Created By: ZenoseiyaDecember 7, 2013 Last Edited By: ZenoseiyaDecember 12, 2013
Troped

Rat Men

Bipedal rat-like creatures, common in fantasy games. Prone to trickery and backstabbing

Name Space:
Main
Page Type:
Trope

aka Rat Folk, Ratfolk, Rat Race, Rat People, Nezumi

Ratmen are the rat equivalent of Lizard Folk: an entire race of intelligent anthropomorphic rodents or a single specimen thereof. They may be villainous creatures that live in filth and squalor, reproduce at a dizzying rate and worship foul deities, just another humanoid race with no particularly outstanding good or bad traits, or simply victims of an unwanted transformation. They may be (or descend from) rodents that developed humanoid features or humans that developed rodent features, whether through magic, science, radiation or natural selection.

Ratman supervillains often have either "rat" or "vermin" somewhere in their names. Ratman civilizations are sometimes given a quasi-Japanese flair or called "Nezumi," which is simply the Japanese word for mouse or rat; the proper Japanese translation for Ratmen would be "Nezumi-jin."

Subtrope of Petting Zoo People. Contrast Rodents Of Unusual Size (where the rodents are huge but not humanoid or intelligent).

Note when adding examples: Do not confuse ratmen with wererats: the latter are humans who can assume the form of a rat (or a giant rat, a human-rat hybrid, etc). Normal-sized rodents with human mannerisms do not count unless they are explicitly called out as abnormal in the fiction they appear. Refer to Sliding Scale Of Anthropomorphism for guidance. —

Examples:

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    Comic Book 
  • The Rat Man from Tomb Of Terror #5 (1952). A man is resurrected into a giant rat by a life-restoring fluid. He is intelligent and can talk and use things, but is also evil, like later examples.
  • One character from the comic strip Snarfquest was a human prince who'd been transformed into this trope by an evil wizard, and was seeking to be restored to normal.
  • One of Ghost Rider's minor villains is the bipedal, flesh-eating rat creature Verminous Rex, the sole survivor of an entire race of such creatures that lived int he spaces between dimensional walls.
  • The Klarion and Manhattan Guardian miniseries in Grant Morrison's Seven Soldiers briefly feature a race of sentient, bipedal rats who dwell beneath New York City's subways. Since they're still the size of ordinary rats, Klarion's cat Teekl rather casually devours their king off-panel.
  • The Spider-Man and Captain America villain Vermin is a human being mutated against his will into a cannibalistic, insane Rat Man.
  • In Joe The Barbarian, the hero, a diabetic teenager trying to stave off death, hallucinates that his pet fancy rat is a noble Rat Man warrior who aids him on his Maybe Magic Maybe Mundane quest to defeat "Lord Death" and retrieve his insulin.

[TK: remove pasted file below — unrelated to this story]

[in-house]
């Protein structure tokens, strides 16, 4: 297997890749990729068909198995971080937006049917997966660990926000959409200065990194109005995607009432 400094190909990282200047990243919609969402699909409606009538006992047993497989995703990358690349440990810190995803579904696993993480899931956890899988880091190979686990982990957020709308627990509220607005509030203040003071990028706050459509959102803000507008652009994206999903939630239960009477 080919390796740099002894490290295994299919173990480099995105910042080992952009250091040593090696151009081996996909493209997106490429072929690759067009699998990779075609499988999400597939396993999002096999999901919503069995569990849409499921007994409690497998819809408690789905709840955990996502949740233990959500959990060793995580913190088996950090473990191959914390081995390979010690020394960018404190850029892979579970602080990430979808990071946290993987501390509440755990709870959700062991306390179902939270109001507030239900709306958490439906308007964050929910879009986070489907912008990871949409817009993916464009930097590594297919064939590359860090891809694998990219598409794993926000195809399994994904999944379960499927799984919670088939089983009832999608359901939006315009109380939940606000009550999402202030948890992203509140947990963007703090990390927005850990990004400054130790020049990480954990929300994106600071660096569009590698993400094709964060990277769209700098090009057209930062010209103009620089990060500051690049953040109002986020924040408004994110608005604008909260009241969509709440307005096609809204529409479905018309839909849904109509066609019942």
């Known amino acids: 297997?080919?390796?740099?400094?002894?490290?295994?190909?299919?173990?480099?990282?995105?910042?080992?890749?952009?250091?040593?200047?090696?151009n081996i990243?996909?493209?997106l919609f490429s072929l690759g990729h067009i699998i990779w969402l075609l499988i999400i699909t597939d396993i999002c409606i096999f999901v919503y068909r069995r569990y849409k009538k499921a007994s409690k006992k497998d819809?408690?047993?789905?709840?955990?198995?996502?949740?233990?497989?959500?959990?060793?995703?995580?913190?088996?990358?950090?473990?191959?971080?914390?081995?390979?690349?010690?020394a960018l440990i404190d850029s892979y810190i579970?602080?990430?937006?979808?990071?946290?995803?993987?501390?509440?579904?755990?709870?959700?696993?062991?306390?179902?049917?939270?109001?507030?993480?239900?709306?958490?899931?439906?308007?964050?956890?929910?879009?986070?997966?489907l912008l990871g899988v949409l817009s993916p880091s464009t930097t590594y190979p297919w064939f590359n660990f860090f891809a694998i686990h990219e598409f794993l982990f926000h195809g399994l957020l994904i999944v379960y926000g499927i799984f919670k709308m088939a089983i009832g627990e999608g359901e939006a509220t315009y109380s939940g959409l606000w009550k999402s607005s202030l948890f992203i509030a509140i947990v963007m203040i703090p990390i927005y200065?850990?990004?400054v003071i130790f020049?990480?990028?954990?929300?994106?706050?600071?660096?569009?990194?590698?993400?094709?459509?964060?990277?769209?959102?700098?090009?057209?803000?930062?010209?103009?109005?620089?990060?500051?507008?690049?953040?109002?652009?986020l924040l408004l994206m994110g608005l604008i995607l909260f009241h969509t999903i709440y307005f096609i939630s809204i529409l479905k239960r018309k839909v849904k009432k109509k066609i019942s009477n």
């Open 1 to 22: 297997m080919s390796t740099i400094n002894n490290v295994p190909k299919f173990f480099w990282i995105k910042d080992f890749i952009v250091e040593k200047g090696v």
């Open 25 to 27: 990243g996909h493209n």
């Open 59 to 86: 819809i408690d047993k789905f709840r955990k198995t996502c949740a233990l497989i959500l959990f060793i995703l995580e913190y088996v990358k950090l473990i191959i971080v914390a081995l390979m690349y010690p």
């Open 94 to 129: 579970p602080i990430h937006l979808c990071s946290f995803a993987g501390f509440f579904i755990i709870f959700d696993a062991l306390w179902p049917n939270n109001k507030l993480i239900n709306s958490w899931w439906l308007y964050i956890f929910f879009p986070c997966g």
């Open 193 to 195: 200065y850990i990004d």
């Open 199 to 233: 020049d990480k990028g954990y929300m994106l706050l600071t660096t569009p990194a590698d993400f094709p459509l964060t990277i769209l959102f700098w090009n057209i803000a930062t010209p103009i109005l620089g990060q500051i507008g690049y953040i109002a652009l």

Film 
  • In the 1984 Italian post-apocalyptic horror movie Rats: Night of Terror, the group of survivors gets decimated by common rats that seem to be driven from their underground habitat, making them extremely aggressive and dangerous. In the film's twist ending, it is revealed that intelligent mutant rat-humans are responsible.
  • The title character of the 1986 flop Ratboy is a mysterious hybrid of human and rat found in a dumpster by the female protagonist.
  • In Peter Jackson's Brain Dead (aka Dead Alive in the States) the zombie plague is carried by the "Sumatran Rat-Monkey." It has as much in common with ratmen as monkeys do with human beings.

     Folklore, Mythology and Religion 
  • Japanese folklore gives the tale of Raigo the Rat, based on a historical figure from the 11th century. The emperor broke a promise to him and uses black magic so that when he dies he comes back as a giant rat, with a rat army to eat valuable scrolls.

    Literature 
  • The Rats in the Rats Bats And Vats series by Dave Freer and Eric Flint. Technically, they are not rats or even rodents, but genetically modified and cybernetically uplifted elephant shrews. Everyone (including themselves) call them rats, though.
  • The bakenezumi ("queerats" or "monster rats" in translations) of From The New World are bipedal rat people who live in warring colonies and serve only their respective queens, occasionally helping humanity out. However, there's a lot of Fantastic Racism going on, with the humans despising them and the bakenezumi eventually growing to resent the humans for lording their Psychic Powers over them. As it turns out, the bakenezumi were originally humans with no Psychic Powers, genetically engineered to mutate into rat-people in order to protect the psychics' oligarchy.

    Multiple Media 
  • Master Splinter in Teenage Mutant Ninja Turtles. Depending on the continuity, he was either a normal rat or a Japanese ninja who was mutated into a ratman.

    Tabletop Games 
  • In Warhammer Fantasy, the Skaven are a race of ratmen that live in squalor and may be something of a Trope Codifier, having inspired numerous imitators in tabletop gaming.
  • In the third-party Dungeons And Dragons campaign setting Scarred Lands, the Ratmen (expies of the Skaven) are rats that became intelligent humanoids by consuming the flesh of the fallen Titans. Some of them have been further mutated to develop special powers related to the Titan they are descended from.
  • Ratmen can be found in the third-party Dungeons And Dragons campaign setting Ptolus. Here, they are divided by size into the halfling-sized ratlings, the human-sized ratlords, and the ogre-sized ratbrutes.
  • Some third-party d20 supplements have included varieties of ratmen, such as Aradan (from AEG's Mercenaries), Cavian (from Races of Neo Exodus) and Ikrikit (from Masterwork Monsters: Rats in the Walls)
  • Ratfolk in Pathfinder are halfling-sized, highly social, and good at tinkering. Many of them are Intrepid Merchants. For the most part, they are portrayed fairly sympathetically - most of them are neutral in alignment, and they can be player characters - but some of their racial options, like the Plague Bringer alchemist, have more of a Skaven feel.
  • Magic The Gathering has Nezumi Rat Men in the Kamigawa sets of cards from 2004.

    Video Games 
  • In Warcraft, Kobolds are a race of ratmen miners that live in Kalimdor. They are low-level neutral monsters, though they can be annoying in large numbers.
  • Ever Quest II introduced the Ratonga race.
  • Slade the Thief from Shining Force II is a human-sized anthropomorphic rat.

     Western Animation 
  • In the Invader Zim episode "Game Slave 2," Dib stumbles across a group of "horrible rat people" living in a parking garage. They were originally normal people who became permanently lost in the parking garage and now live by scavenging, and this somehow mutated them into rat people. They don't look very much like rats, and Dib is skeptical that they've turned into actual rat people.
  • The Captain Planet villain Verminus Skumm is a particularly anthropomorphic variation on this. Apparently he was created to represent the effects of urbanization and pollution on biodiversity.